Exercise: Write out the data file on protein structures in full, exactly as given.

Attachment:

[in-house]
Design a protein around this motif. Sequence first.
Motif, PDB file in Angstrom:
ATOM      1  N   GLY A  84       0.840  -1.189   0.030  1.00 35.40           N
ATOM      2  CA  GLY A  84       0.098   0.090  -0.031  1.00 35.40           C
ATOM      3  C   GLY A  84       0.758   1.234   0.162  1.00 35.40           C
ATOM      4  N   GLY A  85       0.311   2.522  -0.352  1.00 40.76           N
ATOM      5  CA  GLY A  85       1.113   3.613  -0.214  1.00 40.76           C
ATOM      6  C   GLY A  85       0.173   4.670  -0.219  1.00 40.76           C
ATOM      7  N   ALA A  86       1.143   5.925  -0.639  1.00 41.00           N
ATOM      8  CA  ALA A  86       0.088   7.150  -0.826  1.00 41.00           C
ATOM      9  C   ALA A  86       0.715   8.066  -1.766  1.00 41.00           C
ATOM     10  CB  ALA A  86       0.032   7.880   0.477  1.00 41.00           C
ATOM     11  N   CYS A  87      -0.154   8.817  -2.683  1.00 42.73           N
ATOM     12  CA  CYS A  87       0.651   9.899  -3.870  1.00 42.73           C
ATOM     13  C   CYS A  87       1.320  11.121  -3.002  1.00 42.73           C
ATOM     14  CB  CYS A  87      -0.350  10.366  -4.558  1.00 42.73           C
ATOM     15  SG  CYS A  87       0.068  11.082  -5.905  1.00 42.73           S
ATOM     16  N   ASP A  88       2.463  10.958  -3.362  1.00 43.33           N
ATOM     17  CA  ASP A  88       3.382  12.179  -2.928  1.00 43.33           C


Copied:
[in-house]
Design a protein around this motif. Sequence first.
Motif, PDB file in Angstrom:
ATOM      1  N   GLY A  84       0.840  -1.189   0.030  1.00 35.40           N
ATOM      2  CA  GLY A  84       0.098   0.090  -0.031  1.00 35.40           C
ATOM      3  C   GLY A  84       0.758   1.234   0.162  1.00 35.40           C
ATOM      4  N   GLY A  85       0.311   2.522  -0.352  1.00 40.76           N
ATOM      5  CA  GLY A  85       1.113   3.613  -0.214  1.00 40.76           C
ATOM      6  C   GLY A  85       0.173   4.670  -0.219  1.00 40.76           C
ATOM      7  N   ALA A  86       1.143   5.925  -0.639  1.00 41.00           N
ATOM      8  CA  ALA A  86       0.088   7.150  -0.826  1.00 41.00           C
ATOM      9  C   ALA A  86       0.715   8.066  -1.766  1.00 41.00           C
ATOM     10  CB  ALA A  86       0.032   7.880   0.477  1.00 41.00           C
ATOM     11  N   CYS A  87      -0.154   8.817  -2.683  1.00 42.73           N
ATOM     12  CA  CYS A  87       0.651   9.899  -3.870  1.00 42.73           C
ATOM     13  C   CYS A  87       1.320  11.121  -3.002  1.00 42.73           C
ATOM     14  CB  CYS A  87      -0.350  10.366  -4.558  1.00 42.73           C
ATOM     15  SG  CYS A  87       0.068  11.082  -5.905  1.00 42.73           S
ATOM     16  N   ASP A  88       2.463  10.958  -3.362  1.00 43.33           N
ATOM     17  CA  ASP A  88       3.382  12.179  -2.928  1.00 43.33           C